About seventy five men assembled in Sever 11 last evening to listen to the Harvard Union debate. After the minutes of the previous meeting were read and accepted the following men were elected to memberships: W. B. Cohen, '91, Nathaniel Stevens, L. S., and F. W. Dallinger, '93.
The following question was selected for the next debate: Resolved, That President Harrison has broken the pledges of the republican party.
The question of the evening was then taken up, Resolved, That the election of Mr. Russell would be for the best interests of Massachusetts.
Mr. C. P. Blaney, '90, introduced the question for the affirmative. His principal idea was to show the rapid downfall of the republican and the steady rise in power of the democratic party. The republican platform he considered under three heads: civil service, pensions and tariff. He closed his argument by urging all to vote for Russell if they wished for good government.
Mr. C. L. Griffin, L. S., then ably introduced the negative side of the question. He reviewed the platform of the republican party touching upon the public schools and metropolitan police system. Under the republican rule the system of high license has been established, which is acknowledged as the ideal system of license. The attitude of the democrats toward the public schools is weakening if not destructive. Finally he referred to the complaint offered by the democrats to the small type used on the ballot which they claim the uneducated would have difficulty in reading.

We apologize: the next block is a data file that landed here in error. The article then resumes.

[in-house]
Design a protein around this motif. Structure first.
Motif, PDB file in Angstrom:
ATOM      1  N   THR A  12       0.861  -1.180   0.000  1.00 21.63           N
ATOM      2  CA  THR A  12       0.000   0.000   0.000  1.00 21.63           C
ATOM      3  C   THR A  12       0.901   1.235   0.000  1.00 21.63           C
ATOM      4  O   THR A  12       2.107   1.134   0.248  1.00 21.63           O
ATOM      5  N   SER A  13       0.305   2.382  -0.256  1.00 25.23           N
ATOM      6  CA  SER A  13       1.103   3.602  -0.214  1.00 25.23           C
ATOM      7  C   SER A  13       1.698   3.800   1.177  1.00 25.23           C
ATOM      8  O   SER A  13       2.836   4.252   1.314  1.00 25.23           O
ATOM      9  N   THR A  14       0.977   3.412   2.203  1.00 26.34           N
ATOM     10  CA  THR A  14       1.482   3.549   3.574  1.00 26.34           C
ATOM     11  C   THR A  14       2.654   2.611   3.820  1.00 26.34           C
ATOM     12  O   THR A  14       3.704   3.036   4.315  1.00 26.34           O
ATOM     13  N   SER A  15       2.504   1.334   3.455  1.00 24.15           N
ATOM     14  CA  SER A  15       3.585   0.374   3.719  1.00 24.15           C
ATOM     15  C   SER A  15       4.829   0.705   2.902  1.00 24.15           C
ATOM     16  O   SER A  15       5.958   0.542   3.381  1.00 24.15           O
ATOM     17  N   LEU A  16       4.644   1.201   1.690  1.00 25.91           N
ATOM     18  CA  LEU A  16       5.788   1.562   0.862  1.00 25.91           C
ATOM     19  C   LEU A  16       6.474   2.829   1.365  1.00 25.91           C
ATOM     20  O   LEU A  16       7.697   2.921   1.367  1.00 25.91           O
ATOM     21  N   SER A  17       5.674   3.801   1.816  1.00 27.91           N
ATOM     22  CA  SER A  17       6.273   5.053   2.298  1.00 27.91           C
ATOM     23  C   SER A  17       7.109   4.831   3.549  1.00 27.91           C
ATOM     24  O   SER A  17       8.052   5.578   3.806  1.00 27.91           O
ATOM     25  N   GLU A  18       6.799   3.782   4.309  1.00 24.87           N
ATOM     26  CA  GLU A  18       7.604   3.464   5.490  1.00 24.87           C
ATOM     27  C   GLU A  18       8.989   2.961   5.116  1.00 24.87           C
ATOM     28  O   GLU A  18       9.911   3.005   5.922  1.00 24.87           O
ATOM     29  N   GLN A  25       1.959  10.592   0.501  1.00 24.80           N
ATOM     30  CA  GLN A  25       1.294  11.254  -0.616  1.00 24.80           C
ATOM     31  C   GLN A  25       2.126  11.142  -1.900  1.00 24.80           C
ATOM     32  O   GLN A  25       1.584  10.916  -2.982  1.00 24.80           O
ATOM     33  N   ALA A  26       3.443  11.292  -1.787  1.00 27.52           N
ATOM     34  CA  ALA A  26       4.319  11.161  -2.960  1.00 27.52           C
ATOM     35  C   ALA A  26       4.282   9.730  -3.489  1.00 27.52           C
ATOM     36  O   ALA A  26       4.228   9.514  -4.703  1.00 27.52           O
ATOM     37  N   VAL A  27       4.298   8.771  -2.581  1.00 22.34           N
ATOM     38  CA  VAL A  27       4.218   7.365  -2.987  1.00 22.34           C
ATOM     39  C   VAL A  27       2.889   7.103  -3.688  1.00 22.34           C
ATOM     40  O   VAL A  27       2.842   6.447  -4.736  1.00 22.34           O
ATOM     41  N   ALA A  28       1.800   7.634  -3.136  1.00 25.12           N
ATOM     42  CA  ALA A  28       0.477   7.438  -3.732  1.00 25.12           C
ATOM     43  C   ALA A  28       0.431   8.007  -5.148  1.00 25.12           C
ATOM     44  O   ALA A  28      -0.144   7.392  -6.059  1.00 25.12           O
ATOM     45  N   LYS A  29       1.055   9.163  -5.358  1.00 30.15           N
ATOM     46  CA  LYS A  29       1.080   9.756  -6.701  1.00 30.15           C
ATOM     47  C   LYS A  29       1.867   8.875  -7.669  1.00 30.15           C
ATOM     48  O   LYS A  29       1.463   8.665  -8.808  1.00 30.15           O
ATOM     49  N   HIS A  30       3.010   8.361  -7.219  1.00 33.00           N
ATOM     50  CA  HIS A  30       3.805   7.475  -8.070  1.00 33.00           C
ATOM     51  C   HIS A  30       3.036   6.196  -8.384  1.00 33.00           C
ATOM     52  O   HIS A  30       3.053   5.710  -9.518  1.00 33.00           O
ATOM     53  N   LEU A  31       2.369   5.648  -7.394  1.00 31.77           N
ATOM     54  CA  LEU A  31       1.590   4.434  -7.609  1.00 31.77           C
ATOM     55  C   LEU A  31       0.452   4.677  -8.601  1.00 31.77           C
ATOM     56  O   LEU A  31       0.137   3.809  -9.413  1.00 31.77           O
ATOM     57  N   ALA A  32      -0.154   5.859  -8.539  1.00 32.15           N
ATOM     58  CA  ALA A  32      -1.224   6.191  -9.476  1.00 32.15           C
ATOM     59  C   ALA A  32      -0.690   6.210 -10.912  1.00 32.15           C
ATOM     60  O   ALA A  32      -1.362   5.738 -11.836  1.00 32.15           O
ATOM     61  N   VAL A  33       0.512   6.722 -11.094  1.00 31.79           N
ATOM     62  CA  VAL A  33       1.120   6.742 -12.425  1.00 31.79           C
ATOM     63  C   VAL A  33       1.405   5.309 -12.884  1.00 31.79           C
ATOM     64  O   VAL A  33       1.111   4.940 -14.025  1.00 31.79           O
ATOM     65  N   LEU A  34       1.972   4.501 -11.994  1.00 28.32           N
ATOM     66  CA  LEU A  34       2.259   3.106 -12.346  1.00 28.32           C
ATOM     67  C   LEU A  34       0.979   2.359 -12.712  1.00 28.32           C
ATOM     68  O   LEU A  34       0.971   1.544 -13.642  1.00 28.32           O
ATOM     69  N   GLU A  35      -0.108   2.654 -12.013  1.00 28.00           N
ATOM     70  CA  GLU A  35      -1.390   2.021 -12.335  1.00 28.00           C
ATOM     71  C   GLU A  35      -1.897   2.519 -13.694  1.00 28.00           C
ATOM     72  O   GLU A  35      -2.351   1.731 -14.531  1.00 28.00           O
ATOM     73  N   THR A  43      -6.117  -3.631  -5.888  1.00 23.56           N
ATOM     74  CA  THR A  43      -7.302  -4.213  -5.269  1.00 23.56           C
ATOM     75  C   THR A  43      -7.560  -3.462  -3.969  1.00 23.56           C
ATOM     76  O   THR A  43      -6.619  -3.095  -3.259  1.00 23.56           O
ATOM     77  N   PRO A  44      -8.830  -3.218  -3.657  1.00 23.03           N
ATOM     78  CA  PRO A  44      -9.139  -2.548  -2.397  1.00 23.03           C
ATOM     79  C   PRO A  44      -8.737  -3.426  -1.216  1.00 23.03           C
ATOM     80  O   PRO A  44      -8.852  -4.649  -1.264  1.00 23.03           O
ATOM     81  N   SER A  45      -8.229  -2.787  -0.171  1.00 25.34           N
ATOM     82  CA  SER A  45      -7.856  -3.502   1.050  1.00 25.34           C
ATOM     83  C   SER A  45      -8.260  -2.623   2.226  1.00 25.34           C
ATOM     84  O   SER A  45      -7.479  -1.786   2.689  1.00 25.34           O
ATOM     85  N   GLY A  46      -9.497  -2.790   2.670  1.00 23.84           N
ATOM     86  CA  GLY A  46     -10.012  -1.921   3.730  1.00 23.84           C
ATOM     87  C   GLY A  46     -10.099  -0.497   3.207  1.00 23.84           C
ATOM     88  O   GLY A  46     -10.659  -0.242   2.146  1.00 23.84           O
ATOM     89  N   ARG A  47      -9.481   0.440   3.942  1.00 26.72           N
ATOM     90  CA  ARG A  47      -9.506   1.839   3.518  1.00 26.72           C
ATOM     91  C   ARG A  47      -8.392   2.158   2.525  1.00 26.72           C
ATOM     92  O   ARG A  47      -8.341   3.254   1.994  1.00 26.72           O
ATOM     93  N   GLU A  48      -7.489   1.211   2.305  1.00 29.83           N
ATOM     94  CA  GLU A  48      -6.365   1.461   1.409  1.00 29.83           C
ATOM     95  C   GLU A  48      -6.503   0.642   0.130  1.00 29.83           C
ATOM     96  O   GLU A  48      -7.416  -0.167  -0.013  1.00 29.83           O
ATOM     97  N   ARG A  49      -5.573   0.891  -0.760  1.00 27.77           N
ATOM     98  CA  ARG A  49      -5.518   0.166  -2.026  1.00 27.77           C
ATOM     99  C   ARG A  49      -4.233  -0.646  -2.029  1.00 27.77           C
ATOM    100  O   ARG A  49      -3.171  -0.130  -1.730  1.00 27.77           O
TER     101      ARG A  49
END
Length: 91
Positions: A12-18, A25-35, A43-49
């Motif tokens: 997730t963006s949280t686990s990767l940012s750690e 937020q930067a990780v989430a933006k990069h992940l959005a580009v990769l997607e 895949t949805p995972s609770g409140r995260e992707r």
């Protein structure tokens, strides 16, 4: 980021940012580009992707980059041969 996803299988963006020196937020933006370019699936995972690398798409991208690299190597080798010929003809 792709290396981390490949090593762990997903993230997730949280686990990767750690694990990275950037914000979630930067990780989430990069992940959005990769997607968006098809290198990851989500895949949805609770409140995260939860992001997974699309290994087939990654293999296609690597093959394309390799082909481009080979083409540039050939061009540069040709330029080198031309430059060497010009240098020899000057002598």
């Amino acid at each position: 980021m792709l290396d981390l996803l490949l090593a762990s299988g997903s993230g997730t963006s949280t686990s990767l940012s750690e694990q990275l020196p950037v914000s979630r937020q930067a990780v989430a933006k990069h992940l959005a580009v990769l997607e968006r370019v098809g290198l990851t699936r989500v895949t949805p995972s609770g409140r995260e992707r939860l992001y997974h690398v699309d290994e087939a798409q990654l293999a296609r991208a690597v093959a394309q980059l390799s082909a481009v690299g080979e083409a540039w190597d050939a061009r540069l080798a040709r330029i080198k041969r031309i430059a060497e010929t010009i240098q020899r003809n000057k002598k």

Mr. E. S. Griffing closed the debate for the affirmative. The pole tax, he said, which the republicans defend, is unjust and unconstitutional and has been so regarded by such men as Sumner, Wilson and Burlingame.
In closing the debate for the negative Mr. F. W. Thayer L. S., said that he preferred to belong to a party with a future even brighter than its past. In a political question, he said, people are apt to take a superficial view of matters and draw from their opinion without further investigation. Mr. Russell's election would not be for the best interests of the people for several reasons, firstly because by his election the Boston democracy is recognized to power; secondly, our institutions, public schools and various departments are of the best and need no change; and lastly, because he would have to rely upon men who are strong believers in the free liquor law. He closed by saying that it would not be well to try an uncertainty in the face of a certainty.
When the debate was thrown open to the house several men spoke upon the question. The votes on the question were as follows: On merits of question, affirmative, 37; negative, 44. On merits of principal disputants, affirmative, 26; negative, 66. On debate as a whole, affirmative, 0; negative, 14.